I mentioned earlier that Michelle tells you to grow your list. One of the tools she mentions is ConvertKit. She does not mention other options like GetResponse which I can personally vouch for because I use them. ConvertKit costs $29 a month for 1000 subs while GetResponse is only $15 for 1000.
It would be nice to have options but I am just going to assume ConvertKit is Michelle's preferred affiliate partner.
Can You Make Money With This Course?
I believe you can. But, you already need to have an existing blog that is generating some traffic. And, you currently have no affiliate marketing strategy whatsoever.
Affiliate marketing success comes with the right strategy and Michelle can show you some ways to monetize your blog.
However, if you don't have a blog or you aren't getting any traffic, you aren't going to make affiliate earnings with this course. To make money you need traffic, and this course falls short of teaching you the number one traffic that converts - and that's through SEO.
Are there coupon codes for Making Sense of Affiliate Marketing?
There are no known coupon codes for Making Sense of Affiliate Marketing. And yes, I even tried the "Honey" extension to see if I can find you a discount. No dice.
However, if you join Michelle's email list, she will sometimes have a Black Friday deal or something like that. Her readers will usually be made aware of any coupons she drops.
But you could be waiting for a long time.
Alternatives to Making Sense of Affiliate Marketing
These alternatives are for "true beginner bloggers" because they teach you how to build a blog from scratch. Even if you don't have a domain name yet.
Option #1 - The Authority Site System
This course comes from the guys at Authority Hacker. The training is perfect for beginners because they use a case study site that they build from scratch. You will see the entire process from registering a domain name, to getting hosting, setting up WordPress, doing keyword research, creating content, SEO, etc.
If you have never built a website or blog before, this course does all the hand holding and it's in video format. So you are able to see everything how it's done.
These guys also have a great reputation as they have sold many of their sites for 6 figures or more. So, you're learning from real pros.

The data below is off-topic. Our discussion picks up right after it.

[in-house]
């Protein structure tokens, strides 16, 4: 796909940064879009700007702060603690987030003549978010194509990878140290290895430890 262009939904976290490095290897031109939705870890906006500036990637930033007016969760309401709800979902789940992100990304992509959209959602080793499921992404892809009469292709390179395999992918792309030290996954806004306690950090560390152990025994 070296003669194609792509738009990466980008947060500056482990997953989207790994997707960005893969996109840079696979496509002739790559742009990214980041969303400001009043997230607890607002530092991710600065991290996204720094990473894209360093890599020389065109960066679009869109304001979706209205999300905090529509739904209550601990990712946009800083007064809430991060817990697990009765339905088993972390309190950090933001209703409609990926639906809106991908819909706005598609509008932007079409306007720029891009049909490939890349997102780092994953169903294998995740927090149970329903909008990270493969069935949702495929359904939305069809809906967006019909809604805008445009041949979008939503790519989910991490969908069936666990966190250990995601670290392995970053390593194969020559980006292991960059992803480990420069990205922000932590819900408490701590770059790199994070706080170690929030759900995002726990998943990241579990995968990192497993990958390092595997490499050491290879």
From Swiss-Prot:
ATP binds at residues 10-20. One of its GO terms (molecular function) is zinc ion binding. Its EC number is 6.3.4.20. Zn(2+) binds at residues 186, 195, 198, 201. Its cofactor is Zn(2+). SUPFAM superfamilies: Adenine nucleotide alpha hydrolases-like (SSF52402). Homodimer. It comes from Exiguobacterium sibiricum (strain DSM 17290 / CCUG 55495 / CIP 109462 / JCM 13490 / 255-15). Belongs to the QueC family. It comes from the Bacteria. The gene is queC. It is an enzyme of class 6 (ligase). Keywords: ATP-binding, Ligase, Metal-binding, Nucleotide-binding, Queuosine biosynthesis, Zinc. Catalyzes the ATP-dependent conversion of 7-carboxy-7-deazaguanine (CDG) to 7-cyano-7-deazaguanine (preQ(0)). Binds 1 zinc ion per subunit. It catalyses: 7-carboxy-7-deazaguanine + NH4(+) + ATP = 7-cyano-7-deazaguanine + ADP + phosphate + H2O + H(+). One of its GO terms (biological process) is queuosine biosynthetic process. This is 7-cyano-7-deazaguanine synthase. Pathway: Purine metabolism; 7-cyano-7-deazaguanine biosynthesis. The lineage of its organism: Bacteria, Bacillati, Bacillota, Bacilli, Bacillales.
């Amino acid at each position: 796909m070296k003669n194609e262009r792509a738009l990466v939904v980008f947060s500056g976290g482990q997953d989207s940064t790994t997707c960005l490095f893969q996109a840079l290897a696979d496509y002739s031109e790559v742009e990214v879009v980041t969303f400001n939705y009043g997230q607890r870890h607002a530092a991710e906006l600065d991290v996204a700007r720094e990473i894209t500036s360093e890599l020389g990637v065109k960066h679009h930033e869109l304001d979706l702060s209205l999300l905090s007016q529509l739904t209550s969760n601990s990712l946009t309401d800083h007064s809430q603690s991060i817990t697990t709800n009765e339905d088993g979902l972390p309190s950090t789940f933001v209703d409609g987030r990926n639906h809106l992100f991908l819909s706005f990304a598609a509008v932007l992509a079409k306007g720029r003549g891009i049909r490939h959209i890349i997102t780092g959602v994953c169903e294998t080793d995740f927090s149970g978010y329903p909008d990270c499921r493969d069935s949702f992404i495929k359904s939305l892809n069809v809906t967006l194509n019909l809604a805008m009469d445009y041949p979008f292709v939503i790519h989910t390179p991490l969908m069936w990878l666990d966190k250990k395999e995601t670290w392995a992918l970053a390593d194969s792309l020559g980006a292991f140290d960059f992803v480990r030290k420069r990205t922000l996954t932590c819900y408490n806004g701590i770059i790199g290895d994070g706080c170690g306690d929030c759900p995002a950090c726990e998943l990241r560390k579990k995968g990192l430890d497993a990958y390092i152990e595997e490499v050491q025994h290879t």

I encourage you to check out the free training here. They could easily charge for this but you get it for free.
Option #2 - The Affiliate Lab
The Affiliate Lab was created by Matt Diggity, a very respected marketer. He owns several online companies and is very SEO-focused. He manages over 40 websites himself and his course is also geared towards beginners.
You'll also learn how to create a blog from scratch and learn all the steps in the process. With extensive SEO training, you'll learn how to capture free, organic traffic from Google and bank on any affiliate program.
Option #3 - Savage Affiliates
Savage Affiliates is taught by Franklin Hatchett, a very well-known Youtuber who also is one of the first to teach dropshipping. Savage Affiliates also teaches you to build a blog from scratch.
However, this course is a little bit lighter on the SEO side. You will learn other traffic strategies like paid traffic on Facebook and Google, traffic from Instagram, how to set up email campaigns, sales funnels, and more.
All three of these options are great for beginners that don't have an existing blog. Please look at my individual reviews for each to see which one works for you.
Conclusion and Final Thoughts
This concludes my Making Sense of Affiliate Marketing review. While I think this course can help an existing blogger to monetize his/her blog with affiliate products, it's just not a complete course.
There's no SEO training, it doesn't go into great detail, if you don't have a blog yet or just starting out, you won't get any instruction, etc.
To master affiliate marketing you need to have all the tools at your disposal. This course covers the main topics of affiliate marketing, but it just doesn't go deep enough and completely ignores some essential components to make a blog successful.
If you want to make money online and you want to do it with affiliate marketing, I'd suggest you take a look at the alternatives here before jumping into Making Sense of Affiliate Marketing.